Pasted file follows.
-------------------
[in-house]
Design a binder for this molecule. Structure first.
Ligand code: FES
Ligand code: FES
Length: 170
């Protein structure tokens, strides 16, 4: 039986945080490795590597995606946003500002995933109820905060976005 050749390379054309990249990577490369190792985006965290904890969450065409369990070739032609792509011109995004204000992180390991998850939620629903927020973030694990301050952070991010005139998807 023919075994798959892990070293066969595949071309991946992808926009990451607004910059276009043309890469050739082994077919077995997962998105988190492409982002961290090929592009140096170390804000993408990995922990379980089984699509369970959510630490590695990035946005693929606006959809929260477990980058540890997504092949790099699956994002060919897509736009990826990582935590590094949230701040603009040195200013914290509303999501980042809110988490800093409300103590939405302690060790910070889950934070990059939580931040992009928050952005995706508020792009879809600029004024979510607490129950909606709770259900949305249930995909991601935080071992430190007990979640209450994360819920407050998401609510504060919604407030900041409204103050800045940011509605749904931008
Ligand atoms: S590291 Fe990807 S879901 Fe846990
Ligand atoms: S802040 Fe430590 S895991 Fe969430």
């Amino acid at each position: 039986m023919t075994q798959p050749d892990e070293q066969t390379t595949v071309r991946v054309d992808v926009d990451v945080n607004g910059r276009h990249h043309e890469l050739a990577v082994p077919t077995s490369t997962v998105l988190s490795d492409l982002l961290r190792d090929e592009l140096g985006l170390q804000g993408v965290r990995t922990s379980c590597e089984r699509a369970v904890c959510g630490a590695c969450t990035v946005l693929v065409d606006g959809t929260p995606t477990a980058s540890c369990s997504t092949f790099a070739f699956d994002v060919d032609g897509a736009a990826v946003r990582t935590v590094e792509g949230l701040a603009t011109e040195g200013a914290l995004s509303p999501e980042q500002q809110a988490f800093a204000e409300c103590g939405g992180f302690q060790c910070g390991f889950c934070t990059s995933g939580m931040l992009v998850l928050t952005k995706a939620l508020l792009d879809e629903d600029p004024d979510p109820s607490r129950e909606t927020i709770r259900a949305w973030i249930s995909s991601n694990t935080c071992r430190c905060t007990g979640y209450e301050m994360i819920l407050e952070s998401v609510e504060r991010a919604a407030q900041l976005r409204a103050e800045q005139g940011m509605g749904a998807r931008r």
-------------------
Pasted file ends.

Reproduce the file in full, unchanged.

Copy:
[in-house]
Design a binder for this molecule. Structure first.
Ligand code: FES
Ligand code: FES
Length: 170
């Protein structure tokens, strides 16, 4: 039986945080490795590597995606946003500002995933109820905060976005 050749390379054309990249990577490369190792985006965290904890969450065409369990070739032609792509011109995004204000992180390991998850939620629903927020973030694990301050952070991010005139998807 023919075994798959892990070293066969595949071309991946992808926009990451607004910059276009043309890469050739082994077919077995997962998105988190492409982002961290090929592009140096170390804000993408990995922990379980089984699509369970959510630490590695990035946005693929606006959809929260477990980058540890997504092949790099699956994002060919897509736009990826990582935590590094949230701040603009040195200013914290509303999501980042809110988490800093409300103590939405302690060790910070889950934070990059939580931040992009928050952005995706508020792009879809600029004024979510607490129950909606709770259900949305249930995909991601935080071992430190007990979640209450994360819920407050998401609510504060919604407030900041409204103050800045940011509605749904931008
Ligand atoms: S590291 Fe990807 S879901 Fe846990
Ligand atoms: S802040 Fe430590 S895991 Fe969430």
């Amino acid at each position: 039986m023919t075994q798959p050749d892990e070293q066969t390379t595949v071309r991946v054309d992808v926009d990451v945080n607004g910059r276009h990249h043309e890469l050739a990577v082994p077919t077995s490369t997962v998105l988190s490795d492409l982002l961290r190792d090929e592009l140096g985006l170390q804000g993408v965290r990995t922990s379980c590597e089984r699509a369970v904890c959510g630490a590695c969450t990035v946005l693929v065409d606006g959809t929260p995606t477990a980058s540890c369990s997504t092949f790099a070739f699956d994002v060919d032609g897509a736009a990826v946003r990582t935590v590094e792509g949230l701040a603009t011109e040195g200013a914290l995004s509303p999501e980042q500002q809110a988490f800093a204000e409300c103590g939405g992180f302690q060790c910070g390991f889950c934070t990059s995933g939580m931040l992009v998850l928050t952005k995706a939620l508020l792009d879809e629903d600029p004024d979510p109820s607490r129950e909606t927020i709770r259900a949305w973030i249930s995909s991601n694990t935080c071992r430190c905060t007990g979640y209450e301050m994360i819920l407050e952070s998401v609510e504060r991010a919604a407030q900041l976005r409204a103050e800045q005139g940011m509605g749904a998807r931008r």